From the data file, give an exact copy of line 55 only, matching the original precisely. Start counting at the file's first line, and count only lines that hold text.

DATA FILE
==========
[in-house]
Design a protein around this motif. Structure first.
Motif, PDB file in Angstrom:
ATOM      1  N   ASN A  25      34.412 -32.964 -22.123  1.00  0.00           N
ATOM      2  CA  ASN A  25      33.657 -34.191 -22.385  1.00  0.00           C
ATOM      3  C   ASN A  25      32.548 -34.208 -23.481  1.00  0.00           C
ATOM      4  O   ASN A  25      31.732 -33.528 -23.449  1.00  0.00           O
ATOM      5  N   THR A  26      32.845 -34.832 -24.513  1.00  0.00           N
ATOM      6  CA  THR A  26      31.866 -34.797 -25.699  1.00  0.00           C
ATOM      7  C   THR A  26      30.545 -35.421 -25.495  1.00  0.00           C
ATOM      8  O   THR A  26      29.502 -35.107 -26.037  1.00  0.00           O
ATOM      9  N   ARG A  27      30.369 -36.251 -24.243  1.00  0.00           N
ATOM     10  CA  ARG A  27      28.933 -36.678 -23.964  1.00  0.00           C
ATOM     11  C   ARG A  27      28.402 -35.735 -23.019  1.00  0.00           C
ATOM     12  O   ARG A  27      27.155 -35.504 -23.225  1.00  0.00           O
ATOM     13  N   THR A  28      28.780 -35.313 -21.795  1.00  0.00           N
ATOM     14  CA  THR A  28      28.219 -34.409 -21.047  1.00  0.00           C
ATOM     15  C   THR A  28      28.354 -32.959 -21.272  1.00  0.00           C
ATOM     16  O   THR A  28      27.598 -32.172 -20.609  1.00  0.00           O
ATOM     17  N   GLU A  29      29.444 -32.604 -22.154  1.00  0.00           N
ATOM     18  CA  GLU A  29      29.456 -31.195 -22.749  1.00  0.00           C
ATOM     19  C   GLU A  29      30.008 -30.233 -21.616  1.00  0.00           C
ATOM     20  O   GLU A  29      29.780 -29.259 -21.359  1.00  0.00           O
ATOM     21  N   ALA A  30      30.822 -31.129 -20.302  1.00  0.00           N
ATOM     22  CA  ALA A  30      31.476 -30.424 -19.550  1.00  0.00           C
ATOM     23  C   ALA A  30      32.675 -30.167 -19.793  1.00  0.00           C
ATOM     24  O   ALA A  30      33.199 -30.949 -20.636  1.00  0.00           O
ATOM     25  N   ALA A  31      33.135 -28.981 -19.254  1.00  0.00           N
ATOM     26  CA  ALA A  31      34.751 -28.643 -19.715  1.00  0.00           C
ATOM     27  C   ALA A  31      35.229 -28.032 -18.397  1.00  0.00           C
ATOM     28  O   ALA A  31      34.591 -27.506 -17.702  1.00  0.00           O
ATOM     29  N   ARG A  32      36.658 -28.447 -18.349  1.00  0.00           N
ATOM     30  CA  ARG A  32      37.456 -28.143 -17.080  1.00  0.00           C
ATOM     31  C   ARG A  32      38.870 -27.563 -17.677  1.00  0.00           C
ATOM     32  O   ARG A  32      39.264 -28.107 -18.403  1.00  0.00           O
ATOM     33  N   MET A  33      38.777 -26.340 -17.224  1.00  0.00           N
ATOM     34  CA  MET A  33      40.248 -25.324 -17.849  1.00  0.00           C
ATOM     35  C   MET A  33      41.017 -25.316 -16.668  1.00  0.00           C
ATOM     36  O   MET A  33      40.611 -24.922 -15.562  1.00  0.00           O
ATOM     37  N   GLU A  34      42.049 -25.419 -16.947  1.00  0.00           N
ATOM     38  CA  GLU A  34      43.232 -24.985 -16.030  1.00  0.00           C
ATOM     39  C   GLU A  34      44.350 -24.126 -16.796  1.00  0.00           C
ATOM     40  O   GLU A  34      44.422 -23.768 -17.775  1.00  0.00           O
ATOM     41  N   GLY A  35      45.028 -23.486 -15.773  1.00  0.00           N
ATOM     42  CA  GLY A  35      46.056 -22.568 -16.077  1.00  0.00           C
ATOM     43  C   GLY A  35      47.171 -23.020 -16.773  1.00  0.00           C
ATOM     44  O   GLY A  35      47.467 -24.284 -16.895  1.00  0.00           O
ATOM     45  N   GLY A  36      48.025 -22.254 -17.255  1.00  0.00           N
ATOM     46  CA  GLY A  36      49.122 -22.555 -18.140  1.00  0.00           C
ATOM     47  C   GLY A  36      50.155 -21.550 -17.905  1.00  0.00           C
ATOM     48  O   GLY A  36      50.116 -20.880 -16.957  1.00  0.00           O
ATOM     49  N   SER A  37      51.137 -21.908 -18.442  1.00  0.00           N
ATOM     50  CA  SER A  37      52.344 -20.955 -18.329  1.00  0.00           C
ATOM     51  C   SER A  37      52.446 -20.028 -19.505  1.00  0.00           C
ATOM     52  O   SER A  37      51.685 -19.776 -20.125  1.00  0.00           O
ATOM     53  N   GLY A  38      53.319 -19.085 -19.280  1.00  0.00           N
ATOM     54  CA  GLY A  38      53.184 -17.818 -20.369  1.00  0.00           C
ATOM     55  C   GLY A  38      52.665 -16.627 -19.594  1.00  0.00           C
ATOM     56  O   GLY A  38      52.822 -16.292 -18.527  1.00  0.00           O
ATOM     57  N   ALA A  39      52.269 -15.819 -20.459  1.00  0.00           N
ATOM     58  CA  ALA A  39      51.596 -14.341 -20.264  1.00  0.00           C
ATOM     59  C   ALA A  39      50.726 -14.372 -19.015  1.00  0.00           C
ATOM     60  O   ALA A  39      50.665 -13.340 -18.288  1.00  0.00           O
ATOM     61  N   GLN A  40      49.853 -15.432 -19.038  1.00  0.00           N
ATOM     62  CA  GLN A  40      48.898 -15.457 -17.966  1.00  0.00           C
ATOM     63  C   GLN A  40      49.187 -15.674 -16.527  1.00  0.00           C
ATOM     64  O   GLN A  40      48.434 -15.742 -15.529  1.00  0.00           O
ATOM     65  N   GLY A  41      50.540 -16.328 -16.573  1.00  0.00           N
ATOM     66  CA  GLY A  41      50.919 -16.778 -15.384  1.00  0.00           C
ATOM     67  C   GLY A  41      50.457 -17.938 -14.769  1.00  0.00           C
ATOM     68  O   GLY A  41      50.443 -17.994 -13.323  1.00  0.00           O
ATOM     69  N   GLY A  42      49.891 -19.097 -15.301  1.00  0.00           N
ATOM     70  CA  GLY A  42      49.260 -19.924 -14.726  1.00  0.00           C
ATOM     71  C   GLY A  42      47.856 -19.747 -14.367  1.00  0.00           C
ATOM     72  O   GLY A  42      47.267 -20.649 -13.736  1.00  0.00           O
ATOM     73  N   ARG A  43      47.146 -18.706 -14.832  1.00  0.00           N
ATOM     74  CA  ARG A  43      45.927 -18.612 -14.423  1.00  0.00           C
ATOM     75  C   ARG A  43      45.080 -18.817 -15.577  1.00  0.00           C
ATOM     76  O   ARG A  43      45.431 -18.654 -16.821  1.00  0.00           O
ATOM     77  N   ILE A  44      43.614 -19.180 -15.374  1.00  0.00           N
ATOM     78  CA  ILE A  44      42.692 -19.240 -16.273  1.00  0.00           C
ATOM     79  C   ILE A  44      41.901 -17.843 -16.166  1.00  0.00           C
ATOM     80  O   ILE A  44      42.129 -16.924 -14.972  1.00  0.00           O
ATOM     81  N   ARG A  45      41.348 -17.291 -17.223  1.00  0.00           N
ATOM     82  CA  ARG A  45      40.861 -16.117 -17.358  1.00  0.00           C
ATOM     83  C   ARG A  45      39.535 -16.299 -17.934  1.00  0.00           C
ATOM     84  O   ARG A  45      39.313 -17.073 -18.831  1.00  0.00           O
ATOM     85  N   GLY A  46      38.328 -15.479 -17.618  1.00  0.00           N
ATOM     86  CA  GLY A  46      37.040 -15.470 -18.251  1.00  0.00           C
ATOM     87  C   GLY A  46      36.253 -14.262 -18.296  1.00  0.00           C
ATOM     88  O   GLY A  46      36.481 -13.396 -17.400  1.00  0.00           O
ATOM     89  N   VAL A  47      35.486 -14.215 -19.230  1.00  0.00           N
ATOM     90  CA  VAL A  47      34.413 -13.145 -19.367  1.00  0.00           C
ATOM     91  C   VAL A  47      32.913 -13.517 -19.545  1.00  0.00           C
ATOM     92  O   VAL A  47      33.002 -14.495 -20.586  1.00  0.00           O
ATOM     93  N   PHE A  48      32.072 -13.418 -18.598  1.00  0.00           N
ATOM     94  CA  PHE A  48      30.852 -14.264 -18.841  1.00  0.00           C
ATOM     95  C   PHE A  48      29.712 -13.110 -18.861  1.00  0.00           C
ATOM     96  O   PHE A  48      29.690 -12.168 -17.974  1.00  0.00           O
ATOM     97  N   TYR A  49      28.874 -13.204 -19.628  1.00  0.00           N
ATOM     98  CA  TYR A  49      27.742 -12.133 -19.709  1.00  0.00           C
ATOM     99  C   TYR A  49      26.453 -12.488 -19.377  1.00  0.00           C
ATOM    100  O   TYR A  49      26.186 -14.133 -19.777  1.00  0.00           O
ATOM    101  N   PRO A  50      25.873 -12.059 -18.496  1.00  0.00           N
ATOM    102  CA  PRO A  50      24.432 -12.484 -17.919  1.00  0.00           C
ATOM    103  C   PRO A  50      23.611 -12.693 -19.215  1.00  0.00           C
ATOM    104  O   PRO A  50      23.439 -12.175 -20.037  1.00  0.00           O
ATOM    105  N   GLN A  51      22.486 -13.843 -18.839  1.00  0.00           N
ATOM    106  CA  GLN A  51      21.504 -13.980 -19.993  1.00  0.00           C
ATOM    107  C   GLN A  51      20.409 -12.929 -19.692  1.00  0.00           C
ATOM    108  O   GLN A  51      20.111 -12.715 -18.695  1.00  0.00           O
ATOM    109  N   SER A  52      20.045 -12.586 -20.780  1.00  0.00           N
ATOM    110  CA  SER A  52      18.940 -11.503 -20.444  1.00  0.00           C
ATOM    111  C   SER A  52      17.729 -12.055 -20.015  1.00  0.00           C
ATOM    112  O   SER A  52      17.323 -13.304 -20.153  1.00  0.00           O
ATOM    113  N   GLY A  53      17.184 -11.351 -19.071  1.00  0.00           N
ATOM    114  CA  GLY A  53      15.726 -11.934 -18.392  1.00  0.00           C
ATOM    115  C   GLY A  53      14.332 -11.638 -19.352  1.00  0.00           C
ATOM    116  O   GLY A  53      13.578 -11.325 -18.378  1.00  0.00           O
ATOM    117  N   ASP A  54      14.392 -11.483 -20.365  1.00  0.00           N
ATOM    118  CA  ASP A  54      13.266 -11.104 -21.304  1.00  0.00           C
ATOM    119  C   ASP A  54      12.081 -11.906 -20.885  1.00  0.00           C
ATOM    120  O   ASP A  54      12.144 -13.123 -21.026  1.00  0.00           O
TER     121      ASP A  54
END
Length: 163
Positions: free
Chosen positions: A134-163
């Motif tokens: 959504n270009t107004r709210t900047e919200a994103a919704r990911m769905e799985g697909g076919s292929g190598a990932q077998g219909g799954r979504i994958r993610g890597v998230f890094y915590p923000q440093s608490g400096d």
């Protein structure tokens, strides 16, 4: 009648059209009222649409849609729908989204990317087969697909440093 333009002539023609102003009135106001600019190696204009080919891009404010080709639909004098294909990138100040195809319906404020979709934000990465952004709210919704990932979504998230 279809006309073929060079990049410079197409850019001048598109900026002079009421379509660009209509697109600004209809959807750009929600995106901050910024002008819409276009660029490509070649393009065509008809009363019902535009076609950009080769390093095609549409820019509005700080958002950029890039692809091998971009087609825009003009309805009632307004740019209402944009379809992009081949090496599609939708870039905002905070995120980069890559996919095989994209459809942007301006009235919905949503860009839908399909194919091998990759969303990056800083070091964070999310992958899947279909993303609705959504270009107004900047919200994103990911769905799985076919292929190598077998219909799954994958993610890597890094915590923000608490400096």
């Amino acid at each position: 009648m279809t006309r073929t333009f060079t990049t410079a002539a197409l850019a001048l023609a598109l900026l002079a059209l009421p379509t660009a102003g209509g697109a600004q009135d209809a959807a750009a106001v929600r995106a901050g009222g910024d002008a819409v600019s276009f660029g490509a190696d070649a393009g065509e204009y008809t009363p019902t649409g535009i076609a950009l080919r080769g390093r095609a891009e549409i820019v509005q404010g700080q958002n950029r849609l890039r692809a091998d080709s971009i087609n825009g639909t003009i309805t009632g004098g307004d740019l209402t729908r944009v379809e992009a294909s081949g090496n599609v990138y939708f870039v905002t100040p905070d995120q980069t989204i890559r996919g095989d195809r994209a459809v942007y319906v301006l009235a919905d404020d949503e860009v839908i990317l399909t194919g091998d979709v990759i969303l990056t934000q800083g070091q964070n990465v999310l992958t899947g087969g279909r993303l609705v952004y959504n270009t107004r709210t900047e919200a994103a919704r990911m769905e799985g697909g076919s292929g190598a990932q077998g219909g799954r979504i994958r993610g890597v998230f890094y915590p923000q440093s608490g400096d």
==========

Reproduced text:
ATOM     52  O   SER A  37      51.685 -19.776 -20.125  1.00  0.00           O